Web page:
We reached a gap in the dunes above the shore, and at some signal I didn’t see or hear, there was an explosion of greyhound speed. Making for the ruined kirk, David told fragments of stories that grew up in the centuries after Forvie was lost. The earliest describes how after the death of the Laird of Forvie, his lands were inherited by his three young daughters. But either deceived by a wicked uncle, or driven from their home by a mob of villagers, the women were cast adrift in a leaky boat. And from the sea, they lay a curse on Forvie.

If ever maidens’ malison did licht upon dry land Let nocht be fund in Forvie’s glebes Bot thistle, bent and sand Malison was a medieval word for a curse: if the women were ever to reach dry land - and they did - nothing would be found in Forvie but thistle, bent (marram grass) and sand. Their curse raised the nine-day storm, and to this day Forvie continues to ‘dree its weird’ or suffer its fate.

The following evening, I returned to the kirk with my daughter. Sheltered from the wind inside its walls, the turf grew thick over rubble and the old kirk floor. I lay my phone between us, and with a touch of the screen David began telling The Priest of Forvie. He’d described first reading the story as an epic poem, although this was a Gothic version recorded here in the kirk: missing children and an outsider priest, a hidden passageway from the altar to sea caves. ‘Some say it went on for nine days and nights,’ came David’s voice in the half-light. ‘But when the wind finally fell, dawn could be seen in the east. Forvie strand lay storm-shocked and wind-wrecked. Strange and new: great hills of sand distorted beyond recognition’.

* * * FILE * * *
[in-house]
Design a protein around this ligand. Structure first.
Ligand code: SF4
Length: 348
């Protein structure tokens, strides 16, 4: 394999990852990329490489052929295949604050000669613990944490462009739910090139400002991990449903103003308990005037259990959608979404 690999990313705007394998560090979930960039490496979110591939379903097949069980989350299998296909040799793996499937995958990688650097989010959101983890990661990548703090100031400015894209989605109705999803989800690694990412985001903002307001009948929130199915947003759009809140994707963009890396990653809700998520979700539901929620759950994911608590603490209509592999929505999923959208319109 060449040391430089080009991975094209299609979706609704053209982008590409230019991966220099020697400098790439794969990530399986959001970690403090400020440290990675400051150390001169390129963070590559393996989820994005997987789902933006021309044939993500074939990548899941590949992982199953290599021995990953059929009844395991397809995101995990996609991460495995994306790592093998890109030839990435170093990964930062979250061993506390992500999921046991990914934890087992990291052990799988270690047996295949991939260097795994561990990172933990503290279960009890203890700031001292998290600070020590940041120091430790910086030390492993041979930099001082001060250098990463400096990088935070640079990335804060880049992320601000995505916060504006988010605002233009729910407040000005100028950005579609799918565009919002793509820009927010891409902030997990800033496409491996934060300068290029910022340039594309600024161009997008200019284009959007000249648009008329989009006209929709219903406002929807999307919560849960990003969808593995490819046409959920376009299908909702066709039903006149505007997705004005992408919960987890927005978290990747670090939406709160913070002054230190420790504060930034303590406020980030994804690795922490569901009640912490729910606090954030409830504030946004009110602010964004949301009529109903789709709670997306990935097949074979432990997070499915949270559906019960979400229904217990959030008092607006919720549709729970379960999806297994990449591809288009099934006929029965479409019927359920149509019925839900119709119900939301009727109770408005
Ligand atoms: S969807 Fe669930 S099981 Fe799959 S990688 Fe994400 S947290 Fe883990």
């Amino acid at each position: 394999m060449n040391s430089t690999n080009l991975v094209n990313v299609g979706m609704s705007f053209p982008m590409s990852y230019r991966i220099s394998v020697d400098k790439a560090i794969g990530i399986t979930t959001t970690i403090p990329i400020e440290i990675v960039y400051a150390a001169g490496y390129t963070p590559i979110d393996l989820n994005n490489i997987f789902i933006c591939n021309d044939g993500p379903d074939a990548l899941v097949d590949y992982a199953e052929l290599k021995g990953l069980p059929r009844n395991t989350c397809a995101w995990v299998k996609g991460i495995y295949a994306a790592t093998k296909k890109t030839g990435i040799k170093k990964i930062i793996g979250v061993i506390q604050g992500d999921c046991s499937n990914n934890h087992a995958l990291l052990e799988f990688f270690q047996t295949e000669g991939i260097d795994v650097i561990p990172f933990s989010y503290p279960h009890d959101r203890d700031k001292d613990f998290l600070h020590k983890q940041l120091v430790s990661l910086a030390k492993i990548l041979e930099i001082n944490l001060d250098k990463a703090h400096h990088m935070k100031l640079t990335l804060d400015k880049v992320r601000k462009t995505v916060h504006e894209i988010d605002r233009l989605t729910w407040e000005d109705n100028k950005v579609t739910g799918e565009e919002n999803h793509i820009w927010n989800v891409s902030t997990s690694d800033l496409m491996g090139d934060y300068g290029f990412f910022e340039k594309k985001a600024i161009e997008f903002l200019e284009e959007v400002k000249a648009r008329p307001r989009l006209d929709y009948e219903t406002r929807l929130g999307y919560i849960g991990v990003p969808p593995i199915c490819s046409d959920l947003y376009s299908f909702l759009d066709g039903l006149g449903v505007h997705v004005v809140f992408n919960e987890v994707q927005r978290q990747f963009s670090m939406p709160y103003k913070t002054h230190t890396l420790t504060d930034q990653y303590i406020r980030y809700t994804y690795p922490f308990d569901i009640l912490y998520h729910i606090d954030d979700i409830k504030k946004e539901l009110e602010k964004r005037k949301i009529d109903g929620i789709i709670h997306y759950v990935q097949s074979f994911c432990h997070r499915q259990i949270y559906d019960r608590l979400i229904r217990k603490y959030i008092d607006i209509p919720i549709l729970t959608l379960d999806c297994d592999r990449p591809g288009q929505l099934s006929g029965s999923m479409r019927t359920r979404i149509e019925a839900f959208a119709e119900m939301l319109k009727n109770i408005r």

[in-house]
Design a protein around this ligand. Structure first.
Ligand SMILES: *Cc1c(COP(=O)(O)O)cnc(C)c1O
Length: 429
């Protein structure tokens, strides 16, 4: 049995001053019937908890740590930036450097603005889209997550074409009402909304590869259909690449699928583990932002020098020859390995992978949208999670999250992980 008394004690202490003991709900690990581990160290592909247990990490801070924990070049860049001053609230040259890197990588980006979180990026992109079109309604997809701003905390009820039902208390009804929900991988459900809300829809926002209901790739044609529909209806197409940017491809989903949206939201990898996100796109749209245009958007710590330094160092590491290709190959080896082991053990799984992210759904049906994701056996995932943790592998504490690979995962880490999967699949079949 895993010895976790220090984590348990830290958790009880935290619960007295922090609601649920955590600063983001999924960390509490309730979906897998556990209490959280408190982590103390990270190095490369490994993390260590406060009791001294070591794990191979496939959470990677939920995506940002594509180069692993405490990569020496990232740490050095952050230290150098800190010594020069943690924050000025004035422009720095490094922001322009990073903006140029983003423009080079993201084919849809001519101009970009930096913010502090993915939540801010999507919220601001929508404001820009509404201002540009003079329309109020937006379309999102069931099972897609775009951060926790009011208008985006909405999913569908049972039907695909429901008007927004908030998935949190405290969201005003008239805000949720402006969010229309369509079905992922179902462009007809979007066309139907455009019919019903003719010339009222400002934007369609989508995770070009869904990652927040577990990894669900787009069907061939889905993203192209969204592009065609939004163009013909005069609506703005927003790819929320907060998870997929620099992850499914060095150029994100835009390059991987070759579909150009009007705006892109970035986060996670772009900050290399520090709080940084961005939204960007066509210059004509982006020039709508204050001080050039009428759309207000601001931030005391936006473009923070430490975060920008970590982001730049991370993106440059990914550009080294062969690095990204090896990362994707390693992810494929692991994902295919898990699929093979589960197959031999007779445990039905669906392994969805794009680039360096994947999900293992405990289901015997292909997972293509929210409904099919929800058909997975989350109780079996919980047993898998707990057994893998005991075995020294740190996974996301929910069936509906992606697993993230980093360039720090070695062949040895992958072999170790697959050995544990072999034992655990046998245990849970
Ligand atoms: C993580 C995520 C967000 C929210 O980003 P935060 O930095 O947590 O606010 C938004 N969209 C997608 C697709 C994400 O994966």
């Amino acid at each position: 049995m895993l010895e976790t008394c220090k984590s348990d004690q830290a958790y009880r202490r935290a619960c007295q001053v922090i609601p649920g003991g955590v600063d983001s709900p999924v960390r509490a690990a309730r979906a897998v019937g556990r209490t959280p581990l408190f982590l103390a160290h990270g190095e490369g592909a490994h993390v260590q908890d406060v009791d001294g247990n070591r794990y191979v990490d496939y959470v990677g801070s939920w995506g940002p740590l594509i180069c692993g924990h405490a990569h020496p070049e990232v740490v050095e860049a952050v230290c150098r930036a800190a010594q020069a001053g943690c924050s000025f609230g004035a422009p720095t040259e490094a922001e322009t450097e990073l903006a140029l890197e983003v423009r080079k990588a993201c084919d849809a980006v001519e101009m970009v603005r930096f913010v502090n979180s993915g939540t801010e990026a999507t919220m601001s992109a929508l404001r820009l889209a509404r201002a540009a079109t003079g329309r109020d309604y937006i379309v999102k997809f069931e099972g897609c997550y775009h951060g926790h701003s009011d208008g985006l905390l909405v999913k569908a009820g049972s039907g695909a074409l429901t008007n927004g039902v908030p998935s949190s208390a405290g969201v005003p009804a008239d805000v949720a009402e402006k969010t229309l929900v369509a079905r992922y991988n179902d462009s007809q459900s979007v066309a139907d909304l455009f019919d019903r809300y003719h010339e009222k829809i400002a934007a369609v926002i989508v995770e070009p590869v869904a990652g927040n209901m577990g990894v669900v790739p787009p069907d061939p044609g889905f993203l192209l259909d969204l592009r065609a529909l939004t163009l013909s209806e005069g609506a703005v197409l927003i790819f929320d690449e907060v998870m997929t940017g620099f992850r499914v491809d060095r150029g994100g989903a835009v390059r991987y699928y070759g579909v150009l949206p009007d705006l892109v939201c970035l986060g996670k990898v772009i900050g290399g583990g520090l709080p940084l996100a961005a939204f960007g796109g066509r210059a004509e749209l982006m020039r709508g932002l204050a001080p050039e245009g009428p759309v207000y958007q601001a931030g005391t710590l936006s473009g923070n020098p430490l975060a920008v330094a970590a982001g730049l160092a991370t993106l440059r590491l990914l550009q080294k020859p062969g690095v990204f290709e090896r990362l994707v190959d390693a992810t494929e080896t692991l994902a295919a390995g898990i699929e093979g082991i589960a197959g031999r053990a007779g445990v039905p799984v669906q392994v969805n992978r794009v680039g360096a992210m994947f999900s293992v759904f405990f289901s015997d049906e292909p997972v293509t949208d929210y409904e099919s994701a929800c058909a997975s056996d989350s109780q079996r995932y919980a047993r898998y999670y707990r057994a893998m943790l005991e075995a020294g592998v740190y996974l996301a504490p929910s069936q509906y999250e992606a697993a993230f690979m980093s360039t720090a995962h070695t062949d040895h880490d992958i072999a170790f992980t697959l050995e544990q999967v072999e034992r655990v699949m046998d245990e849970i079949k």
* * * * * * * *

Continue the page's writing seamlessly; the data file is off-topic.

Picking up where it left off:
In the centuries following the loss of Forvie, the Little Ice Age brought longer winters and colder summers to much of Britain and Europe, with heavy rains and crop-destroying thunderstorms. This change in climate appears to have coincided with a rise in the belief in weather magic, along with a search for scapegoats. As accusations of witchcraft began to escalate, control of the weather would go on to become a feature of the witch trials that swept across Europe.